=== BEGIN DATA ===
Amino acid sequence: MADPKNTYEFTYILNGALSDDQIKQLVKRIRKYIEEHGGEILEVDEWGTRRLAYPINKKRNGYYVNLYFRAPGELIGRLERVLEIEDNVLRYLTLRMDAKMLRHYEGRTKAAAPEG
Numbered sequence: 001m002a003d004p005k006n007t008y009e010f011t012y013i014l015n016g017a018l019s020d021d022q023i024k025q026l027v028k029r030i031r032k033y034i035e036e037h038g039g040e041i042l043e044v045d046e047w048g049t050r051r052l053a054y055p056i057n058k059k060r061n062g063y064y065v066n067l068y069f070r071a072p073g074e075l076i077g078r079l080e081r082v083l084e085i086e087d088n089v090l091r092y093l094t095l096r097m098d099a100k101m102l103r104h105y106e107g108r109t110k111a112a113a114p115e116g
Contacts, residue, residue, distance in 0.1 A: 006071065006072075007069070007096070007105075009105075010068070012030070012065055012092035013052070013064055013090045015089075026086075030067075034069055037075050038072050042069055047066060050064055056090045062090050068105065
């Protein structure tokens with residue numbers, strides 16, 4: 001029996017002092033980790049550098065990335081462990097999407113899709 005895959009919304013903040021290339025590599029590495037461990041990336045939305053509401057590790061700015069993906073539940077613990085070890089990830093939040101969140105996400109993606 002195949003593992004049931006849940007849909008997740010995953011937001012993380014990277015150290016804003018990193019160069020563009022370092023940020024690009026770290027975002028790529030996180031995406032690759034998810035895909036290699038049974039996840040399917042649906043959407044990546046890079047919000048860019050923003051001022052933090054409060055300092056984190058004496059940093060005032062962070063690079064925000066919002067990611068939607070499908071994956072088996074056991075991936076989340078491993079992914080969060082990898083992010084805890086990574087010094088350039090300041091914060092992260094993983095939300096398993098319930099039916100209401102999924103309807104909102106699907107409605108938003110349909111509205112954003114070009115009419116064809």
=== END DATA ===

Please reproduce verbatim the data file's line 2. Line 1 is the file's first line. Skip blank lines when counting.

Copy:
Numbered sequence: 001m002a003d004p005k006n007t008y009e010f011t012y013i014l015n016g017a018l019s020d021d022q023i024k025q026l027v028k029r030i031r032k033y034i035e036e037h038g039g040e041i042l043e044v045d046e047w048g049t050r051r052l053a054y055p056i057n058k059k060r061n062g063y064y065v066n067l068y069f070r071a072p073g074e075l076i077g078r079l080e081r082v083l084e085i086e087d088n089v090l091r092y093l094t095l096r097m098d099a100k101m102l103r104h105y106e107g108r109t110k111a112a113a114p115e116g